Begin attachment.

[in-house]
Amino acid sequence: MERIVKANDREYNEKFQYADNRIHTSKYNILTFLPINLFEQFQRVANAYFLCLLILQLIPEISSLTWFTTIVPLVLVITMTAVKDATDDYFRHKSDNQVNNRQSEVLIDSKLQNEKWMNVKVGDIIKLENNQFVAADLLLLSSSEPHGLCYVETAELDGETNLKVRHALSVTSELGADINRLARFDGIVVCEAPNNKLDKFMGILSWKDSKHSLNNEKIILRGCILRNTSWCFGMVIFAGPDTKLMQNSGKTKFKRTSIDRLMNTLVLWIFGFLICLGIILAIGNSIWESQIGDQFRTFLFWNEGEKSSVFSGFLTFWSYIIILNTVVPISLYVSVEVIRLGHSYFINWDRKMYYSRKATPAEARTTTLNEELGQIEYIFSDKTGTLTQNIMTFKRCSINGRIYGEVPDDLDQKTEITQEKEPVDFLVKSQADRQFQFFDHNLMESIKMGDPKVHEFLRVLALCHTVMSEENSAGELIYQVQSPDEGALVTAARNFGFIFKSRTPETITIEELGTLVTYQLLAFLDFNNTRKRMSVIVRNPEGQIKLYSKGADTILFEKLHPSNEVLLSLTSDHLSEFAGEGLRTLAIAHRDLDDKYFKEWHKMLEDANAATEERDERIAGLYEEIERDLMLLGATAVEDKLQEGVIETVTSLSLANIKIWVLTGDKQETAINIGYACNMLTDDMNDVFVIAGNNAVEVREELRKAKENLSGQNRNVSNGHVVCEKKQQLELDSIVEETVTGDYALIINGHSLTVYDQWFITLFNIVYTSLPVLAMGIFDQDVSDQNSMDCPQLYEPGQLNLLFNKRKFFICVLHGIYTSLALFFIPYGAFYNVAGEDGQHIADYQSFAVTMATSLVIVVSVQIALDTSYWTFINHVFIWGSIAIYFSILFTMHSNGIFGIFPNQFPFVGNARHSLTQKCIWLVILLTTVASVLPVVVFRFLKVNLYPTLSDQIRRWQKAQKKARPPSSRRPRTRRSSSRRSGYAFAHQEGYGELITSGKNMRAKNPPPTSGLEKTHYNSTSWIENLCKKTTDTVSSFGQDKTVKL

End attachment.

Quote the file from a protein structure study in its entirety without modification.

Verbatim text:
[in-house]
Amino acid sequence: MERIVKANDREYNEKFQYADNRIHTSKYNILTFLPINLFEQFQRVANAYFLCLLILQLIPEISSLTWFTTIVPLVLVITMTAVKDATDDYFRHKSDNQVNNRQSEVLIDSKLQNEKWMNVKVGDIIKLENNQFVAADLLLLSSSEPHGLCYVETAELDGETNLKVRHALSVTSELGADINRLARFDGIVVCEAPNNKLDKFMGILSWKDSKHSLNNEKIILRGCILRNTSWCFGMVIFAGPDTKLMQNSGKTKFKRTSIDRLMNTLVLWIFGFLICLGIILAIGNSIWESQIGDQFRTFLFWNEGEKSSVFSGFLTFWSYIIILNTVVPISLYVSVEVIRLGHSYFINWDRKMYYSRKATPAEARTTTLNEELGQIEYIFSDKTGTLTQNIMTFKRCSINGRIYGEVPDDLDQKTEITQEKEPVDFLVKSQADRQFQFFDHNLMESIKMGDPKVHEFLRVLALCHTVMSEENSAGELIYQVQSPDEGALVTAARNFGFIFKSRTPETITIEELGTLVTYQLLAFLDFNNTRKRMSVIVRNPEGQIKLYSKGADTILFEKLHPSNEVLLSLTSDHLSEFAGEGLRTLAIAHRDLDDKYFKEWHKMLEDANAATEERDERIAGLYEEIERDLMLLGATAVEDKLQEGVIETVTSLSLANIKIWVLTGDKQETAINIGYACNMLTDDMNDVFVIAGNNAVEVREELRKAKENLSGQNRNVSNGHVVCEKKQQLELDSIVEETVTGDYALIINGHSLTVYDQWFITLFNIVYTSLPVLAMGIFDQDVSDQNSMDCPQLYEPGQLNLLFNKRKFFICVLHGIYTSLALFFIPYGAFYNVAGEDGQHIADYQSFAVTMATSLVIVVSVQIALDTSYWTFINHVFIWGSIAIYFSILFTMHSNGIFGIFPNQFPFVGNARHSLTQKCIWLVILLTTVASVLPVVVFRFLKVNLYPTLSDQIRRWQKAQKKARPPSSRRPRTRRSSSRRSGYAFAHQEGYGELITSGKNMRAKNPPPTSGLEKTHYNSTSWIENLCKKTTDTVSSFGQDKTVKL